HomeNewsCrypto WalletsWallets Linked to CoinStats Exploit Move Nearly $1 Million to Tornado Cash

Wallets Linked to CoinStats Exploit Move Nearly $1 Million to Tornado Cash


Two wallets linked to the CoinStats exploit from June have moved 311 ETH to Tornado Cash to obfuscate their fund flows. One moved 211 ETH, while the other sent 100 ETH to the mixer, amounting to $959,000.

Crypto mixers like Tornado Cash are used by a wide array of individuals for anonymizing their transactions. It prevents the tracking of the origin of their funds. While these services are praised for lending privacy—a human right—using them may not comply with anti-money laundering regulations in various jurisdictions. That is because individuals and organizations can use it to cover the tracks of their ill-gotten funds, as proven by the CoinStats hacker.

The CoinStats platform allows users to track their crypto investment portfolios from a single point by connecting their wallets and centralized exchange (CEX) accounts. With so much value to gain, the hacker attacked the platform and managed to siphon funds from about 1.3% of the 1590 wallets on CoinStats. To clarify, the bad actor only accessed wallets natively created on the portfolio tracking platform. External ones and CEX accounts remained untouched.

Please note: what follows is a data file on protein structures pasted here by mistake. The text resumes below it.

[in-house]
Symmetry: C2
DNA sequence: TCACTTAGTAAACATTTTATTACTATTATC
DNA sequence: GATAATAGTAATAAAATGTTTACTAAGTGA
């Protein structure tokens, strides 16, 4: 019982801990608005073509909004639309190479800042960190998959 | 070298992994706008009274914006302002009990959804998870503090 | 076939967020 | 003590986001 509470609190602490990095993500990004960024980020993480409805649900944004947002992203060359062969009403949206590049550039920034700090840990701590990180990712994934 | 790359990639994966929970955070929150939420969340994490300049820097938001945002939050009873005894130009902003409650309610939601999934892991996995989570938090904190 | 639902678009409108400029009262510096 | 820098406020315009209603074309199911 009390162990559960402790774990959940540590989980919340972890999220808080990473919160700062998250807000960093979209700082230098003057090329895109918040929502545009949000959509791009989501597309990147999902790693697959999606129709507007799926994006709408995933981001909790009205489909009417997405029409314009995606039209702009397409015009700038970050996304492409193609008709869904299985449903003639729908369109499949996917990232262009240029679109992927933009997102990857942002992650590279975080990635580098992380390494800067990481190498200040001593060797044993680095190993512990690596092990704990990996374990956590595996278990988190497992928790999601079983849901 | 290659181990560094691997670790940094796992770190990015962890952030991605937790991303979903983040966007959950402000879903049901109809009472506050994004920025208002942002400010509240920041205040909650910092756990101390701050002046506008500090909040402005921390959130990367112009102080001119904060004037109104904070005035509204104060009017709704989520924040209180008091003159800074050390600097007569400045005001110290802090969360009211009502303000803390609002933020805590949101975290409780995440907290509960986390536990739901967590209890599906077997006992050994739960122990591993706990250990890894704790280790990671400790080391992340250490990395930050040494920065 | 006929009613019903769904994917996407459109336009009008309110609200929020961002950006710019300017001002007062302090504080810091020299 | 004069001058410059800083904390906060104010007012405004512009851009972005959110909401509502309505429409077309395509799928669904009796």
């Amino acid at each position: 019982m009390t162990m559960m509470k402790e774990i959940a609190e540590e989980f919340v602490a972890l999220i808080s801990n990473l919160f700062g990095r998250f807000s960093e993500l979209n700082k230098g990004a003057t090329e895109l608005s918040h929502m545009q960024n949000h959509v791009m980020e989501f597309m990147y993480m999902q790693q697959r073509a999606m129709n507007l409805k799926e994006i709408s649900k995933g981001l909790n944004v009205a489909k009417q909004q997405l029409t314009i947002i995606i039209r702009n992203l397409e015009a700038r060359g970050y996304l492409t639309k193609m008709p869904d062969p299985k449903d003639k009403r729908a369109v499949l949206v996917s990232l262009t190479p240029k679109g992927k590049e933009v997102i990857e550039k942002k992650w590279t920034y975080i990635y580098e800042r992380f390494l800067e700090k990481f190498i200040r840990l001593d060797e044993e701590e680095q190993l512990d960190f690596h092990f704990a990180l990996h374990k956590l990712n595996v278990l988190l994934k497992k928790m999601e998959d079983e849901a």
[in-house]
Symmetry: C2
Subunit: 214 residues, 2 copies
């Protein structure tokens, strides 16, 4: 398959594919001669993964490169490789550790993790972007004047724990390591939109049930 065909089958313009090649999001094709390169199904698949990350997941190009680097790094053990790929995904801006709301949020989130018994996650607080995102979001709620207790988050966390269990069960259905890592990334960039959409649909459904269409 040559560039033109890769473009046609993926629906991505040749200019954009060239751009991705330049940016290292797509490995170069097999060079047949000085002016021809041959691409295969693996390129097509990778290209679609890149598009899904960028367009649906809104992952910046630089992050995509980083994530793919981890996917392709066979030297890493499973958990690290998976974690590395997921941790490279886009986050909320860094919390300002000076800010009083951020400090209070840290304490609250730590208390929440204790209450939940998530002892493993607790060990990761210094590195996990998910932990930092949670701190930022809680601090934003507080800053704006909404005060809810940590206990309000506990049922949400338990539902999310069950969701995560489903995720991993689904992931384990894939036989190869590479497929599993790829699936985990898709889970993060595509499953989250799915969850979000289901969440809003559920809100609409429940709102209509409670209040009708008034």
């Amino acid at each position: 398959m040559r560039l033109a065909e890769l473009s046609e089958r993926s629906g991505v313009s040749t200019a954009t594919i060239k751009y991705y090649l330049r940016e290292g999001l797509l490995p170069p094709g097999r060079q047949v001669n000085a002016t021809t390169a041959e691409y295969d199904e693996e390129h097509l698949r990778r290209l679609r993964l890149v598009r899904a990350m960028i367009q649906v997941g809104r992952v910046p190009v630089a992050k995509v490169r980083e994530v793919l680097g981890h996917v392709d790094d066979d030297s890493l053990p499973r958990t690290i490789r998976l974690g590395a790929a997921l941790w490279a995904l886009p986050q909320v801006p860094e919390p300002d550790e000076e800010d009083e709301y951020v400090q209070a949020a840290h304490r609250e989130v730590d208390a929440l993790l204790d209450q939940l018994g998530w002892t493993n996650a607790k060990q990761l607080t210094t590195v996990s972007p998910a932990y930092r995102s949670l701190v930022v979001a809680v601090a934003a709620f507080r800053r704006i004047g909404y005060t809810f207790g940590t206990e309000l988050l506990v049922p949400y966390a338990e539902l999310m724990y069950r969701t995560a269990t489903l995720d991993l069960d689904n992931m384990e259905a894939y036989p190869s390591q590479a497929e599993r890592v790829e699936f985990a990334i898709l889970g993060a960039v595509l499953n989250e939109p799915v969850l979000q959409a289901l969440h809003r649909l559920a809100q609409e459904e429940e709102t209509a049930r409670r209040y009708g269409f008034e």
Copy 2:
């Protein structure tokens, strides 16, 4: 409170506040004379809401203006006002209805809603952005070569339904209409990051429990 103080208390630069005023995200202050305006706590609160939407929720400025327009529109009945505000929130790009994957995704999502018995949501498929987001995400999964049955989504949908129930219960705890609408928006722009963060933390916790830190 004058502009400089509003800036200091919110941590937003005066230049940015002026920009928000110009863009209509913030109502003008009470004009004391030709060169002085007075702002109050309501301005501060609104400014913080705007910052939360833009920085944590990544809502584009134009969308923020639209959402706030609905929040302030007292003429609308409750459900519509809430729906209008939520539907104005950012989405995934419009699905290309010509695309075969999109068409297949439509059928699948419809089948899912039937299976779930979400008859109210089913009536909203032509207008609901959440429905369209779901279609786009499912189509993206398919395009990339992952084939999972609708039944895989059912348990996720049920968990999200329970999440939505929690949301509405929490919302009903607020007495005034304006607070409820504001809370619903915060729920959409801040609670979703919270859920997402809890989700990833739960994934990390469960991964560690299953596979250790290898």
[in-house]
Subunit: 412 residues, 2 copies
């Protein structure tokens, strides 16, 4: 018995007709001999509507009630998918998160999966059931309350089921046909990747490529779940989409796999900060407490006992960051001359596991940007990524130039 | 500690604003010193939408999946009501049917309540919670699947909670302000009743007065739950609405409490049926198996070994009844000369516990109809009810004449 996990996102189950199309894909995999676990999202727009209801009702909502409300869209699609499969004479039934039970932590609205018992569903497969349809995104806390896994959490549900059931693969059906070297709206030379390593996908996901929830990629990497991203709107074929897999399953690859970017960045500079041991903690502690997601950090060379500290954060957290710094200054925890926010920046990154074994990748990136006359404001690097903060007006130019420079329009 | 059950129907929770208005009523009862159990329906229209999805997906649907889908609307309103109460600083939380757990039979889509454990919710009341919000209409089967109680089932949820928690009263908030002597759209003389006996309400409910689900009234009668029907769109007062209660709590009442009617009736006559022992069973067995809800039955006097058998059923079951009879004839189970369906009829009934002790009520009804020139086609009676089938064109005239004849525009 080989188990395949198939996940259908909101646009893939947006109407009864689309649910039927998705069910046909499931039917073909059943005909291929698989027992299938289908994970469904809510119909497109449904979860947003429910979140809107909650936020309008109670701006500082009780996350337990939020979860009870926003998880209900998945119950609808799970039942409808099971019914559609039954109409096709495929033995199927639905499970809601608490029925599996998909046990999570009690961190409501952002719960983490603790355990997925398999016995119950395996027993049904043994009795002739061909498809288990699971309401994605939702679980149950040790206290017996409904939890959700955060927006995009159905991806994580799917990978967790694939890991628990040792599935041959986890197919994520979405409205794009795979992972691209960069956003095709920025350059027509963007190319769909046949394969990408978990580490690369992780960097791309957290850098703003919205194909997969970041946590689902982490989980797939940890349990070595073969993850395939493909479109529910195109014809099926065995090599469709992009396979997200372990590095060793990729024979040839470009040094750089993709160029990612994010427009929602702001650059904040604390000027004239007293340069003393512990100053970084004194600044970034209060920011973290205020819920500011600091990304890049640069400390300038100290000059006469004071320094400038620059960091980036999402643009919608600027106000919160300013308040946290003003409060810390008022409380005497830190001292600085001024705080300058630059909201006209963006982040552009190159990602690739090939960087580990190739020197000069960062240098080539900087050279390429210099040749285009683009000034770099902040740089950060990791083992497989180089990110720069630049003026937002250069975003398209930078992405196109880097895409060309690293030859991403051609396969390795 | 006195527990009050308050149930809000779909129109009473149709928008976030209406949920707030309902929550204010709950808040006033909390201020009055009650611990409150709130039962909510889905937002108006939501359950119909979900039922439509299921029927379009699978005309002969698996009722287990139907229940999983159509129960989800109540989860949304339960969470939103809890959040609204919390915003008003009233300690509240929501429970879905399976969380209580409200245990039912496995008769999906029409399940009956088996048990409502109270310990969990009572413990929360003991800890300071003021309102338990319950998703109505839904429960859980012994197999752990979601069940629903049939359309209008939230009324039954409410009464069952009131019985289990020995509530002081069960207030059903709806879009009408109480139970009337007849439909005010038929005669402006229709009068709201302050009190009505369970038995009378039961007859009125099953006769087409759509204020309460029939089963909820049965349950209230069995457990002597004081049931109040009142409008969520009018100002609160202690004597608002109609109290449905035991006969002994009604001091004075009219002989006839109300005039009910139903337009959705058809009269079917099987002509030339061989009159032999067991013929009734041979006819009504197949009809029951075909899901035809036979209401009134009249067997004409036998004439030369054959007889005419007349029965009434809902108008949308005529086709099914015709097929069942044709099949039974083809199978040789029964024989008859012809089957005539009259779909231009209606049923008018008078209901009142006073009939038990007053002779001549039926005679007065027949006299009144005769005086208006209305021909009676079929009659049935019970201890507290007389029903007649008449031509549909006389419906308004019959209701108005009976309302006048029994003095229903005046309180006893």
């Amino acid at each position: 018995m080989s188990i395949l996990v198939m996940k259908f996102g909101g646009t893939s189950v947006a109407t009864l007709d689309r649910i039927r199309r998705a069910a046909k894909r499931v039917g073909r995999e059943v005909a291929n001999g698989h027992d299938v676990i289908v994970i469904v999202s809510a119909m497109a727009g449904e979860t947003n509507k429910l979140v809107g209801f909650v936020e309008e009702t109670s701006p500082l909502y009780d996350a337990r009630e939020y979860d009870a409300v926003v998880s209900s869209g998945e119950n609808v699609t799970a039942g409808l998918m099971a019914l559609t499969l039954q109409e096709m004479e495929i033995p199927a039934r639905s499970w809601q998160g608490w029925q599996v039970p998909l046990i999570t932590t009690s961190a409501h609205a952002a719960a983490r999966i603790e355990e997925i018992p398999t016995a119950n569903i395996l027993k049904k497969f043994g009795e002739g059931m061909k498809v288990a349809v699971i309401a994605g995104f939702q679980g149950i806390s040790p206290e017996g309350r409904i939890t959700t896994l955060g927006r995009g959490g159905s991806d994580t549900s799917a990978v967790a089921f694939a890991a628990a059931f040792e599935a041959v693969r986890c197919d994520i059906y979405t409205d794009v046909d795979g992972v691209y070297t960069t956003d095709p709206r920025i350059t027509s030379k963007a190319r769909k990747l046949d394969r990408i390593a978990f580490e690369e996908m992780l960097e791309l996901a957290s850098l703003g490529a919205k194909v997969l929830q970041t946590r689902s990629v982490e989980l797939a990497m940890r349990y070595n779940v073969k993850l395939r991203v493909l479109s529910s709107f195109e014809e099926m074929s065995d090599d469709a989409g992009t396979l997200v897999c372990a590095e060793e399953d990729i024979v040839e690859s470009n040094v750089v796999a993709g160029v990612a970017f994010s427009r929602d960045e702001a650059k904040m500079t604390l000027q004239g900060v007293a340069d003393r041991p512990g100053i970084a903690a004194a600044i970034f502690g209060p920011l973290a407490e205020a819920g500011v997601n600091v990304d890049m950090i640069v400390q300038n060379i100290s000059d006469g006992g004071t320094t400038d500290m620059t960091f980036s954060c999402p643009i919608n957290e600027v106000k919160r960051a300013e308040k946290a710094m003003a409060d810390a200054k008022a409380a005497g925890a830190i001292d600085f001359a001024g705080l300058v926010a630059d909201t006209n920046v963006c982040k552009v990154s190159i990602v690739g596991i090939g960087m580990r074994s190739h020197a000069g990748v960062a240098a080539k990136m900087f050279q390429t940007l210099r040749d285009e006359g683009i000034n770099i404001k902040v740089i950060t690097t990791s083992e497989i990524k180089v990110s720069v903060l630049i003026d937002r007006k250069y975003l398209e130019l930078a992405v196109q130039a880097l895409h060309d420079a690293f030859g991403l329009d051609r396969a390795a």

Nevertheless, the damage was done, with users recording millions in losses. One affected wallet lost about $8.7 million. Wu Blockchain, a crypto news source on X, broke the severity of the situation with its post in June, “A wallet belonging to Blurr.eth was stolen from 3,657 MKR ($8.7 million) and sold on the chain by the hacker for 2,482 ETH.”

CoinStats shut down the platform right after the hack to fix its vulnerabilities and was back up on July 3. Its CEO, Narek Gevorgyan, relayed that the incident occurred due to an employee falling for the hacker’s social engineering tactics and downloading malware. “Our AWS infrastructure was hacked, with strong evidence suggesting it was done through one of our employees who was socially engineered into downloading malicious software onto his work computer,” Gevorgyan said.



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